It’s been a long time since Nancy Wheeler had…a pal.
Not to be dismissive of smartass exes or they-grow-up-so-fast little buddies or whatever Jonathan has turned into after their drift, but they’re not…a pal, Nancy reasons. What does world saving and nearly dying for each other over and over mean you are to one another? Family, probably. Blood siblings, sure, bonded palm to palm beyond any choice you might have after the fact.
Robin, though. Robin, it turns out, is someone Nancy gets to keep choosing.
Robin, Nancy thinks with a weird sense of triumph blooming in her chest, Robin is Nancy’s pal.
“You’re fuckin’ late, Wheeler!” Nancy isn’t even in the door, can’t appreciate the Family Video a/c overtaking the mucky damp of June’s heat before Robin’s bellowing and grinning massively at her from behind the register, long fingers spread on the counter like she’s gonna vault over it, like Nancy’s made her a coiled spring.
Nancy can feel the corners of her mouth tick up the way that always feels like a dare to herself, how long can she keep her own grin from spreading across her entire body, as she strides in and presses Robin back across the counter with her palm planted squarely in the center of her face. She snatches her hand back when Robin licks it, groans theatrically, ignores the crackling sensation in her chest.
She loves Robin’s laugh. Loves to be the one making her laugh.
“You’re not the only one with a job in this town, Buckley.” Nancy rounds the corner, throws her purse and notebook on a shelf, hoists herself up to sitting on the countertop like she belongs there. It’s the only time Robin’s looking up instead of down at her and it makes her skin hot. This kind of electricity in friendship feels so new, so exhilarating, she refuses to look at it too closely.
Nancy has lost plenty. But this, she wants to hold on to.
“Sure, but I’m the only one whose job is made infinitely better when you’re here keeping me company.” Robin’s eyes crinkle at the edges before turning to ring up a mom arguing with her kid about what tape is coming home with them. The shop smells like dusty carpet and hot plastic, and dusk is rapidly falling outside, and this, this is being alive.
“What are we watching?” Nancy’s squinting up at the TV in the corner as Robin counts change, cheerily sends the duo out into the heat.
“Desperately Seeking Susan.” Now Robin is propping herself up next to Nancy, shoulder to shoulder, nudging her, eyebrows waggling, her voice a faux whisper. “Madonna is SUCH a babe in this.”
Nancy is rolling her eyes and nudging back harder, because Robin makes her feel loose, physical, like any second they’re gonna be wrestling like gangly puppies. “Pop princess is NOT your type.”
Robin scoffs, kicking the air, glaring sideways. “Excuse me, who is Nancy Wheeler to tell me who MY type is?”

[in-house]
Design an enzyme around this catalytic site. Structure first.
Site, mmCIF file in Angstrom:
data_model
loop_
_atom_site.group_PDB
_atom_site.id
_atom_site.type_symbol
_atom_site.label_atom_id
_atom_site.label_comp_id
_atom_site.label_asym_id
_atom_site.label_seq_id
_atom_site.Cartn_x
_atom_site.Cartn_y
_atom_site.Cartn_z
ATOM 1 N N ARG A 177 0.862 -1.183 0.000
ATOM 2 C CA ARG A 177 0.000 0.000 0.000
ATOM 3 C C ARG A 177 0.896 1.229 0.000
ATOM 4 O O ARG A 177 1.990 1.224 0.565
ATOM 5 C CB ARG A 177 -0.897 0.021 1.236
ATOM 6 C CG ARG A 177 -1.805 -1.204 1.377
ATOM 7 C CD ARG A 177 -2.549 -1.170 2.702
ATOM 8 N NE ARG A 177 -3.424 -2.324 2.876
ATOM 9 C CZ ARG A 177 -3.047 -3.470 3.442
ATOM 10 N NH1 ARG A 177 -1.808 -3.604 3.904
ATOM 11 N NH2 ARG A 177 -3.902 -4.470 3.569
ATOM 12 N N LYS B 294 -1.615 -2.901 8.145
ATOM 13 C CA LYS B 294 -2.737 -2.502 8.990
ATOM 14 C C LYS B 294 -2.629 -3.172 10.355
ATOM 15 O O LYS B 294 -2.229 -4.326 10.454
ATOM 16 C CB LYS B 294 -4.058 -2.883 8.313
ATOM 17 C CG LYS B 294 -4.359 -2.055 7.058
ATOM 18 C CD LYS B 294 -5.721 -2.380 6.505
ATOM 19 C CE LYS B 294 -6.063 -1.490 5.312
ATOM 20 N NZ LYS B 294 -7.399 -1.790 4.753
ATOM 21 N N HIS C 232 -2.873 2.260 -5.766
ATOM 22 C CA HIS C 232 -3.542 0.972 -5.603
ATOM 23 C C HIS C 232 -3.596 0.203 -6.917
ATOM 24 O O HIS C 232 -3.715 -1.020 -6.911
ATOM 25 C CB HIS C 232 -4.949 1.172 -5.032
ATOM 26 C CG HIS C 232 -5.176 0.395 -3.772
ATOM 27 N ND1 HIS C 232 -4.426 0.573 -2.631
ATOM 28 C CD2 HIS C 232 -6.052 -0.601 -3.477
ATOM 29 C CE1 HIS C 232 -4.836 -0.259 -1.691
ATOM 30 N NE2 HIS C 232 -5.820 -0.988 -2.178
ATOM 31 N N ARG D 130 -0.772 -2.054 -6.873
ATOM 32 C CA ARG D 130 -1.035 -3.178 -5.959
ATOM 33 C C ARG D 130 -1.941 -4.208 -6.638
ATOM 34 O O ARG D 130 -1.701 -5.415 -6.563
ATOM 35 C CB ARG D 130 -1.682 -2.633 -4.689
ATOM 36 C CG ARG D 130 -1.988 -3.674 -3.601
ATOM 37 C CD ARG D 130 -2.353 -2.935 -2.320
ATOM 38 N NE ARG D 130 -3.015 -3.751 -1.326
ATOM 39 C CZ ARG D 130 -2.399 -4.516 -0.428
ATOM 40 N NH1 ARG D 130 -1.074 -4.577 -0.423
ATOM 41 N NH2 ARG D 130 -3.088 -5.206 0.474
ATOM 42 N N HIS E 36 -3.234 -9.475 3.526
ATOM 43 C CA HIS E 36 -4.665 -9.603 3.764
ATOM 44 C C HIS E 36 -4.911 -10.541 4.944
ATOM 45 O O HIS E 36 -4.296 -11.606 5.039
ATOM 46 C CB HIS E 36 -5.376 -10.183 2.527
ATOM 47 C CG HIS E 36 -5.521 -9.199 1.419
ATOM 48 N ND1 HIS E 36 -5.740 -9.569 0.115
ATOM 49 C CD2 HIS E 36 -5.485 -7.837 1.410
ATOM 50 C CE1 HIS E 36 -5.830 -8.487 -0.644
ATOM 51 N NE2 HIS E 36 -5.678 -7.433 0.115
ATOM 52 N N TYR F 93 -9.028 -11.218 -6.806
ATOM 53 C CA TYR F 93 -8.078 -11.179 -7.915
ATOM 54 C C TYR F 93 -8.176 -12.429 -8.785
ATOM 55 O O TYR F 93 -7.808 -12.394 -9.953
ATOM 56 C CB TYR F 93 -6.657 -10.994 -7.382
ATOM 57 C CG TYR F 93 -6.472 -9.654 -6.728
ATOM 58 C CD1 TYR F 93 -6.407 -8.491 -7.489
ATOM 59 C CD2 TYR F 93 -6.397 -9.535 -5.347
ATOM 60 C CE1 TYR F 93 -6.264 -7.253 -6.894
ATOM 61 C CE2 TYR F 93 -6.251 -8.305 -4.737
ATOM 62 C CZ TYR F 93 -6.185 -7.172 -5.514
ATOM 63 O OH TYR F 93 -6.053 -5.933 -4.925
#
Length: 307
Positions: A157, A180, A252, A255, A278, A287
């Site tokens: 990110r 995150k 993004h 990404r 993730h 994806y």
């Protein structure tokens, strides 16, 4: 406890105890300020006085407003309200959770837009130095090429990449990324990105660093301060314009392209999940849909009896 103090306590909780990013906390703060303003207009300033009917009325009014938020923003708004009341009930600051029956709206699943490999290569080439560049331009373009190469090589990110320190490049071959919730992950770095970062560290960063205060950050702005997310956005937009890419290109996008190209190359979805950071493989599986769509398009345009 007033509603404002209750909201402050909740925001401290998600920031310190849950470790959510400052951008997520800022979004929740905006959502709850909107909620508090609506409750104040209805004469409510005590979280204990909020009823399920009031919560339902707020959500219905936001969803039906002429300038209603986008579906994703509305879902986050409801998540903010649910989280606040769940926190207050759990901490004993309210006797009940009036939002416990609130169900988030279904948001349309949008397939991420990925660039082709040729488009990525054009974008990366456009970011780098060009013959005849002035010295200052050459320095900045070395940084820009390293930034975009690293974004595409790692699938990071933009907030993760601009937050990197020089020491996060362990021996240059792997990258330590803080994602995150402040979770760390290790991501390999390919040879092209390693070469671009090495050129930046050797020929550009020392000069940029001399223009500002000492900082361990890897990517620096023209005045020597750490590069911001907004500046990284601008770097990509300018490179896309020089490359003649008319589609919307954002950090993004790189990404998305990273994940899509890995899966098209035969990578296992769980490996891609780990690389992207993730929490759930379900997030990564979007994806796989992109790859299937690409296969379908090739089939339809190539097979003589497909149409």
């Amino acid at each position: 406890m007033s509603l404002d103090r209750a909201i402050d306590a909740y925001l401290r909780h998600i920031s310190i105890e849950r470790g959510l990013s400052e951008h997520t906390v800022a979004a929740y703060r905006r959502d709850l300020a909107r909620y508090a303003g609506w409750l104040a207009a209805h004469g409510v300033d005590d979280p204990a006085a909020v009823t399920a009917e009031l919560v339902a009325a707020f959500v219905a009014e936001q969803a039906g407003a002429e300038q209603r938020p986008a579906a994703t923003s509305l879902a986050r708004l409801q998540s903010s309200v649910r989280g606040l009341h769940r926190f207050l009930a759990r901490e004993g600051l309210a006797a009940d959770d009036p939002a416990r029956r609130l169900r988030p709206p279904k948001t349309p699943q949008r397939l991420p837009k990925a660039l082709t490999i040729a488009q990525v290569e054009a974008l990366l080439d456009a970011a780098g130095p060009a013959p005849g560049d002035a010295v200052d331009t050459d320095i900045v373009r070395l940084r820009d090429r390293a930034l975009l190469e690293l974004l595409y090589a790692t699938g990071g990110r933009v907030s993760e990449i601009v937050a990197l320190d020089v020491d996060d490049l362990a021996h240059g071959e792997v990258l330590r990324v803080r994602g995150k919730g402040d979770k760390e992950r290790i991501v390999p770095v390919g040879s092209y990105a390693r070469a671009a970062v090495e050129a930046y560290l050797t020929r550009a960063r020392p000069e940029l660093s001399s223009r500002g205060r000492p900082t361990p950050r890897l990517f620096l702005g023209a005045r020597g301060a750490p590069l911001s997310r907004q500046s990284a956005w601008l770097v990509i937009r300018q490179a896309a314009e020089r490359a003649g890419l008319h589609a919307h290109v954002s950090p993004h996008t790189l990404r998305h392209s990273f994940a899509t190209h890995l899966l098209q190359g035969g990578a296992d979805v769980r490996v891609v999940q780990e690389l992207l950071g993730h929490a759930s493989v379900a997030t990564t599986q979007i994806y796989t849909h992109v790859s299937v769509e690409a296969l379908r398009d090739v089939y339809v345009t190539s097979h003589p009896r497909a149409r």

Nancy’s nose is in the air, haughty and teasing. “A genius in Robin Buckley studies. Honor student in listening to you and Steve chitter like apes about every single girl our age in town.”
Robin’s flushed, poking her side, making her yelp. “Ugh, you’re insufferable!”
Nancy’s the one laughing now, shoving back under Robin’s Family Video vest, relishing the give under her fingertips of Robin’s softness under the sliding fabric of her worn tank top.
It’s been like this for months. Easy, visceral. Ever since Nancy opened terrified eyes to meet Robin’s ice blue ones, Robin’s palms on Nancy’s cheeks, Robin belting Cyndi Lauper and pushing Vecna out of her brain.
You knew, Nancy muttered. Robin’s face was wet, those eyes shining.
Yeah, I guess I did, she responded with a swallow, before Steve enveloped both of them, sobbing, the kids and Eddie roaring around them breathtakingly loud, the sweetest damn racket Nancy had ever heard.
Since then, since it all ended, it’s been Nancy tossing popcorn up for in the air for Robin to catch on her tongue, sprawled across each other on the Wheelers’ living room couch. Nancy riding piggyback on Robin after 2AM, staring up at the stars, breathing in her hot spiced scent as Steve pads beside them, all three trading insults.
It’s Robin’s longwinded nonsensical monologue one night as the eastern horizon starts to warm, the two of them passing a beer back and forth on some kid’s roof. Nancy’s watching the last visages of a stupid teenage party sputter below, watching Robin talk, all big gestures and wide expressions. Then Robin’s stopping short, quiet and unsure, before:
“Nancy. Nance. I gotta tell you something important. We’re friends now and maybe you won’t want to be my friend if you know, but you have to know because we’re friends now, good friends.”